As for foreign bonds, I have eliminated almost all of my European exposure. I believe that there is still the strong potential for more negative headlines and risk flares as the European sovereign crisis continues to unfold. The only opportunities that I find attractive are in select emerging markets.
The case for bonds
Given the extreme uncertainty and volatility in today’s market environment, fixed income products as part of a fully diversified portfolio provide value even at historic low interest rates. There are some segments of the bond market that will do well if the economy falls into recession, and others that will do well if the economy accelerates. The key is to have a well-balanced portfolio that reflects today’s rapidly changing economic conditions.
One thing I like about the small- and micro-cap universe is that the companies tend to be simpler animals. They have one or two products, or they’re in one industry. Small- and micro-cap companies are just as transparent as the large multinationals, but they are a lot easier to figure out.
In this very dynamic and sometimes volatile part of the market, I look for companies with good balance sheets that earn high returns on invested capital. I try to buy them when they’re out of favor and use a three- to five-year investment horizon as a holding period.
The kinds of markets we saw this summer are difficult periods to outperform in, but they’re also the kind where you get the best opportunities for future returns. The job is to use whatever turmoil is out there to our advantage and respond to opportunities that come along—and there have been many of them recently.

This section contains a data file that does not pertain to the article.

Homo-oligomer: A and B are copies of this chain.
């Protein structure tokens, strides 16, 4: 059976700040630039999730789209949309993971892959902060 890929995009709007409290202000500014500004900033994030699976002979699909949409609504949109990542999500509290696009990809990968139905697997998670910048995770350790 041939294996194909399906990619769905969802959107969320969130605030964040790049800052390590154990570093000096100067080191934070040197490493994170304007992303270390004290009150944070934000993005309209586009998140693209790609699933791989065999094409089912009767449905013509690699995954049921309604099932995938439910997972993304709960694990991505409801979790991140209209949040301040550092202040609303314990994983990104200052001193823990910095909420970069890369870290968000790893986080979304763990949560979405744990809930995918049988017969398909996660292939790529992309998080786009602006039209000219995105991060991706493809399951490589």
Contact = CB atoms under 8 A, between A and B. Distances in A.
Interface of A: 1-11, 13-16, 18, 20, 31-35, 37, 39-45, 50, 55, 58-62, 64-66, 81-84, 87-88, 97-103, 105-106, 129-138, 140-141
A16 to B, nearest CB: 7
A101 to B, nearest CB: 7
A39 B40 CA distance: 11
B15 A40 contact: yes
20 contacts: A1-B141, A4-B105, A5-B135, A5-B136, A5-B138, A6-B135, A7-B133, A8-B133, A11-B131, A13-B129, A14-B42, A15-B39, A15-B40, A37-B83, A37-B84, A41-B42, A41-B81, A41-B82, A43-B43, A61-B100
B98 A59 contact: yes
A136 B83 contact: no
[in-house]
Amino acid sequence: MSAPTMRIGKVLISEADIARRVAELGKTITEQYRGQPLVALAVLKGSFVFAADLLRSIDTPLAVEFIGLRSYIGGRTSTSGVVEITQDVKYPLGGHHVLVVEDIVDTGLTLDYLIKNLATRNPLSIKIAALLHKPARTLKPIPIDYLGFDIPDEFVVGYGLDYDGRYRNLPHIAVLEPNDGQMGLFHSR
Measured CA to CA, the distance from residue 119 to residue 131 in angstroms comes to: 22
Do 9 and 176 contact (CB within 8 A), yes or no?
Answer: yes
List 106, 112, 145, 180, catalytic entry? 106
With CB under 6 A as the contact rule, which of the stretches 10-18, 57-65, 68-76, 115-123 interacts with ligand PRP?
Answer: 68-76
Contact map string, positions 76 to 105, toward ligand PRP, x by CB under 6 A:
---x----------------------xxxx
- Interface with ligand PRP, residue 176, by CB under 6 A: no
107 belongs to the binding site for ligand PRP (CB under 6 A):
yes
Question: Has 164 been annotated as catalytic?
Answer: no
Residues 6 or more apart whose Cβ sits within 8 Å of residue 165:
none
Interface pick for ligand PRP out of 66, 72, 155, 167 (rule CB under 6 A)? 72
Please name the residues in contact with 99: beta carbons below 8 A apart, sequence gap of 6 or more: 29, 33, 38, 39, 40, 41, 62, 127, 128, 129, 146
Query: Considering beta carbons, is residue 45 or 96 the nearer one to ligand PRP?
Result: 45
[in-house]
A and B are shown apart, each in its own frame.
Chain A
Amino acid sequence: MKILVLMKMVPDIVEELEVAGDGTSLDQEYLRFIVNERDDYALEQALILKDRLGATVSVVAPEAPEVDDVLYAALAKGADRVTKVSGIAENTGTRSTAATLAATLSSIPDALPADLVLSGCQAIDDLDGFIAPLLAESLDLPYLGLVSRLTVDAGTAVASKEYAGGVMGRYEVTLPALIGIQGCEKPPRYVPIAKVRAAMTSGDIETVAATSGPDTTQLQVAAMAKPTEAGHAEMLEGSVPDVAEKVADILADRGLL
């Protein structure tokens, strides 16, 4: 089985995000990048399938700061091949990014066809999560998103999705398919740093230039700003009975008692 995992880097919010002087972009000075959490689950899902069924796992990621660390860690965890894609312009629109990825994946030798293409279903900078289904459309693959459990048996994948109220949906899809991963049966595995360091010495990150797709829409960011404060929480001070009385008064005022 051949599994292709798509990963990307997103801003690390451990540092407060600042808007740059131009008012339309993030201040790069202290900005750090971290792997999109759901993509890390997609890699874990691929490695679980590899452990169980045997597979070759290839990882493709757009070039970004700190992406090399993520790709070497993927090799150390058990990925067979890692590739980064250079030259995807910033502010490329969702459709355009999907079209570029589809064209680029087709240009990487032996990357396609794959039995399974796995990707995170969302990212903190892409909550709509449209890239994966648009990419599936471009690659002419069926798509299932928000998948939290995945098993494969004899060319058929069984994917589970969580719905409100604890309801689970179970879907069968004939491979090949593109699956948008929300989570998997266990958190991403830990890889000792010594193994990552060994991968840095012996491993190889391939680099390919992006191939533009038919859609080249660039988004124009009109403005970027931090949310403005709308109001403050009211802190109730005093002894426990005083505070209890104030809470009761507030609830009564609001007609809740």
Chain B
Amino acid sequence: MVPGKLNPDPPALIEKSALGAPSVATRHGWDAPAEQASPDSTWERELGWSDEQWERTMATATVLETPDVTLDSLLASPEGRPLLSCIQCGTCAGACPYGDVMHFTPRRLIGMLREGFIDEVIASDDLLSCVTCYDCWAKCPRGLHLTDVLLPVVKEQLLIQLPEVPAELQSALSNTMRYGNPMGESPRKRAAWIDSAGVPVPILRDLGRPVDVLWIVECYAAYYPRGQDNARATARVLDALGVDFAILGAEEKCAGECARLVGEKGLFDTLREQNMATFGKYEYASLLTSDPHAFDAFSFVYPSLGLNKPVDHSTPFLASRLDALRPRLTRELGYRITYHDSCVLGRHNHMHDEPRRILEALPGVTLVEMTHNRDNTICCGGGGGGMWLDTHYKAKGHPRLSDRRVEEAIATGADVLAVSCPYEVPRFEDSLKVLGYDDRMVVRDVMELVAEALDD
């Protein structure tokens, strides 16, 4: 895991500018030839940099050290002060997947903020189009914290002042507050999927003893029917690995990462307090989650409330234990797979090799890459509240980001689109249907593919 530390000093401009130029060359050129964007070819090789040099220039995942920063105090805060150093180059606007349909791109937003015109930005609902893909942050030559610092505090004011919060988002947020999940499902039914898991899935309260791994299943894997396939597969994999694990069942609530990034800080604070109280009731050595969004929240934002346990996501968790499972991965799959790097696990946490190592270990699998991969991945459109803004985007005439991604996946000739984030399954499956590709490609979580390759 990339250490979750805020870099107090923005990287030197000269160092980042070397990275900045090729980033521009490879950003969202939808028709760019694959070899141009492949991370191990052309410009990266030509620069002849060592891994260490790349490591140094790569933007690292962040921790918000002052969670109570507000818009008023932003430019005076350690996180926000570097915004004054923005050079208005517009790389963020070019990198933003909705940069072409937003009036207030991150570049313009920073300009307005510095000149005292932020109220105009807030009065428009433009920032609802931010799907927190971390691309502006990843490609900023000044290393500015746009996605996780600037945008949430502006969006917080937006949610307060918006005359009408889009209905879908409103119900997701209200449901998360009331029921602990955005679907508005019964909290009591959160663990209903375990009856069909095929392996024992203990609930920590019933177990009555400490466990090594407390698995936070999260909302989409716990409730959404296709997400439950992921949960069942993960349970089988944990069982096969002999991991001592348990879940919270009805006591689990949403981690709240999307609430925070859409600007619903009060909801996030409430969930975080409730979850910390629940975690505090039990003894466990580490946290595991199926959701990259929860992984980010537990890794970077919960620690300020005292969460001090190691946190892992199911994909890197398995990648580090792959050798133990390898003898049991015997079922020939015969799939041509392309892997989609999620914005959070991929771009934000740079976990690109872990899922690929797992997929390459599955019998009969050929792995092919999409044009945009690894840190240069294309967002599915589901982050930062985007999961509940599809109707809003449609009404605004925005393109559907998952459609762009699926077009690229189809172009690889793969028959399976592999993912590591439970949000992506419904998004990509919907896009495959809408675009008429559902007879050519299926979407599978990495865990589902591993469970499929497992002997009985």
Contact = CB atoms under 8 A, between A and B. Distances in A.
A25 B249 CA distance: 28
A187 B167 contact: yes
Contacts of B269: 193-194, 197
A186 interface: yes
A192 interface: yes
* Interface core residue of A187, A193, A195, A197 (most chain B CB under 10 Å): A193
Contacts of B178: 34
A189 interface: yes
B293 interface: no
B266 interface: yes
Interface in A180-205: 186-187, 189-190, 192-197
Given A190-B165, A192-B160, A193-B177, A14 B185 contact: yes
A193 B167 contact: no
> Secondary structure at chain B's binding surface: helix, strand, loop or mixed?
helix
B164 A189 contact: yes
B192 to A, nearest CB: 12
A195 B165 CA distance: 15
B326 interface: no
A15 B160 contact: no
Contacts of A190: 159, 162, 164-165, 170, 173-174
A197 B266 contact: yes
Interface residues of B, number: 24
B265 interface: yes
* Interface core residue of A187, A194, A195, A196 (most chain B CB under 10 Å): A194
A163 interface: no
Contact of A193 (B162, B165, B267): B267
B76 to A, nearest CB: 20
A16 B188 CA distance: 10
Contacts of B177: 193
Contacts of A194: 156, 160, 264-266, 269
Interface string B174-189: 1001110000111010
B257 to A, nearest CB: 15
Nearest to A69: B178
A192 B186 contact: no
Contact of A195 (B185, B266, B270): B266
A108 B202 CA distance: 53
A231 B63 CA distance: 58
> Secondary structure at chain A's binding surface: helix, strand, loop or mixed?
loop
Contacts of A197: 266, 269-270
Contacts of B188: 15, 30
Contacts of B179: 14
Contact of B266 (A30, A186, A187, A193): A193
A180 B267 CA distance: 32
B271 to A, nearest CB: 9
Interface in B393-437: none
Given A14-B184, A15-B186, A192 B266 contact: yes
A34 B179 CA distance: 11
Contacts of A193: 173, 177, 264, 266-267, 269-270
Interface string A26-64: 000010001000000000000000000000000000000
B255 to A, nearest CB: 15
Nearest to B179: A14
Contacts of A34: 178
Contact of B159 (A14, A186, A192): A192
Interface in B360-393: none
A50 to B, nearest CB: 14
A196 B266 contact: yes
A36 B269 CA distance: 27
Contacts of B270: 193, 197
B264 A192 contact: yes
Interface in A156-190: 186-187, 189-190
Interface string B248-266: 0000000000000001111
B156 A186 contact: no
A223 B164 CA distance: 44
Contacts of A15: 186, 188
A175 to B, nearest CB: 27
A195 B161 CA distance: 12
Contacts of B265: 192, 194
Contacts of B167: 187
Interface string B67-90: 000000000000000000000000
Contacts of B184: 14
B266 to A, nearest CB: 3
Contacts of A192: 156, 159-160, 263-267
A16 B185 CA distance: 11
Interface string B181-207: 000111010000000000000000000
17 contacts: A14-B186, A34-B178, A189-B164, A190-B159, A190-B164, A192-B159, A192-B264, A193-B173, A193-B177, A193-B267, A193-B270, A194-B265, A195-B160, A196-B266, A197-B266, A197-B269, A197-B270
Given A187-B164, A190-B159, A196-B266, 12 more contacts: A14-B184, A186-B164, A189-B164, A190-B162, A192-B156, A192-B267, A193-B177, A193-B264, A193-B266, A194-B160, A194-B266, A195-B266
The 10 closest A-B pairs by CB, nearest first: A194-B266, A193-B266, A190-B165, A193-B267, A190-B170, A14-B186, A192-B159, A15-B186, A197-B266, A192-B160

Mining, energy, semiconductors, and manufacturing
The amount of dollars in circulation has tripled in the last three years, so there’s much more paper chasing the same quantity of commodities. People have caught on to the fact that money printing is inflationary, so I am very heavily positioned in hard asset plays, whether in mining, energy, or industrial companies.
Mining companies have not participated in the recent run-up in gold and silver prices, but they have terrific margins. Gold miners are producing new metal at $650 to $800 per ounce, and they can sell it now for around $1,800. Silver costs between $7 and $9 per ounce to produce, and it has recently been selling in the $40 range.
I have also been very active in Canadian energy service companies because the industry has become much more service intensive. It takes a lot more work to get the same amount of hydrocarbon out of the ground than it did last year or the year before, and service companies are benefiting from that.